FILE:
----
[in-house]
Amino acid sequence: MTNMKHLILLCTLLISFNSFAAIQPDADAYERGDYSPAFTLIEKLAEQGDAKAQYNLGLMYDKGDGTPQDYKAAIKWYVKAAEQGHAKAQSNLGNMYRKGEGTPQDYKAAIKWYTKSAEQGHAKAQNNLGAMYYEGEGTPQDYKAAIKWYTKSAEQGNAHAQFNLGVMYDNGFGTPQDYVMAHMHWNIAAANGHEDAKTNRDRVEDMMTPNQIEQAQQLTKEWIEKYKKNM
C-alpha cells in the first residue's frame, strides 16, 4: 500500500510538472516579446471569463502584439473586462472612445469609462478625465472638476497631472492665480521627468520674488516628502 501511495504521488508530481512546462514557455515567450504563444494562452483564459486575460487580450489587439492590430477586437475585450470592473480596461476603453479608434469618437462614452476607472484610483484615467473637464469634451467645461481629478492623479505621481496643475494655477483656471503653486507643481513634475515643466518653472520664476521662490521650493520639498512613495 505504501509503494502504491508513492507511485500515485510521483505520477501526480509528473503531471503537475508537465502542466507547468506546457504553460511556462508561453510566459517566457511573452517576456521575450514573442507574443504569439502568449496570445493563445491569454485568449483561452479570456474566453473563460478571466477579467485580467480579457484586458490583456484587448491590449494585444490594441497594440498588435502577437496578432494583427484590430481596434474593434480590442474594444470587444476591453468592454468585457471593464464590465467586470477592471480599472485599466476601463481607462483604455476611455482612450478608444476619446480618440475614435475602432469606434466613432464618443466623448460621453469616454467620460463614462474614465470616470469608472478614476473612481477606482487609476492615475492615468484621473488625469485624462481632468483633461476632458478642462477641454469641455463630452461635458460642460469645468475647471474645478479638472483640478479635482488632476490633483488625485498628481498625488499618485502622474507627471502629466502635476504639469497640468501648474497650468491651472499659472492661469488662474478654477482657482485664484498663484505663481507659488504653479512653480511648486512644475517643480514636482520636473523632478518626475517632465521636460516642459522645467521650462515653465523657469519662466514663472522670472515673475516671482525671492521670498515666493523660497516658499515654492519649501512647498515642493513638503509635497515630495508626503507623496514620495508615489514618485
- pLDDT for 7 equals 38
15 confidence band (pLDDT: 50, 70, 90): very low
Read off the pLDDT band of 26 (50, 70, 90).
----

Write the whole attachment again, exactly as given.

[in-house]
Amino acid sequence: MTNMKHLILLCTLLISFNSFAAIQPDADAYERGDYSPAFTLIEKLAEQGDAKAQYNLGLMYDKGDGTPQDYKAAIKWYVKAAEQGHAKAQSNLGNMYRKGEGTPQDYKAAIKWYTKSAEQGHAKAQNNLGAMYYEGEGTPQDYKAAIKWYTKSAEQGNAHAQFNLGVMYDNGFGTPQDYVMAHMHWNIAAANGHEDAKTNRDRVEDMMTPNQIEQAQQLTKEWIEKYKKNM
C-alpha cells in the first residue's frame, strides 16, 4: 500500500510538472516579446471569463502584439473586462472612445469609462478625465472638476497631472492665480521627468520674488516628502 501511495504521488508530481512546462514557455515567450504563444494562452483564459486575460487580450489587439492590430477586437475585450470592473480596461476603453479608434469618437462614452476607472484610483484615467473637464469634451467645461481629478492623479505621481496643475494655477483656471503653486507643481513634475515643466518653472520664476521662490521650493520639498512613495 505504501509503494502504491508513492507511485500515485510521483505520477501526480509528473503531471503537475508537465502542466507547468506546457504553460511556462508561453510566459517566457511573452517576456521575450514573442507574443504569439502568449496570445493563445491569454485568449483561452479570456474566453473563460478571466477579467485580467480579457484586458490583456484587448491590449494585444490594441497594440498588435502577437496578432494583427484590430481596434474593434480590442474594444470587444476591453468592454468585457471593464464590465467586470477592471480599472485599466476601463481607462483604455476611455482612450478608444476619446480618440475614435475602432469606434466613432464618443466623448460621453469616454467620460463614462474614465470616470469608472478614476473612481477606482487609476492615475492615468484621473488625469485624462481632468483633461476632458478642462477641454469641455463630452461635458460642460469645468475647471474645478479638472483640478479635482488632476490633483488625485498628481498625488499618485502622474507627471502629466502635476504639469497640468501648474497650468491651472499659472492661469488662474478654477482657482485664484498663484505663481507659488504653479512653480511648486512644475517643480514636482520636473523632478518626475517632465521636460516642459522645467521650462515653465523657469519662466514663472522670472515673475516671482525671492521670498515666493523660497516658499515654492519649501512647498515642493513638503509635497515630495508626503507623496514620495508615489514618485
- pLDDT for 7 equals 38
15 confidence band (pLDDT: 50, 70, 90): very low
Read off the pLDDT band of 26 (50, 70, 90).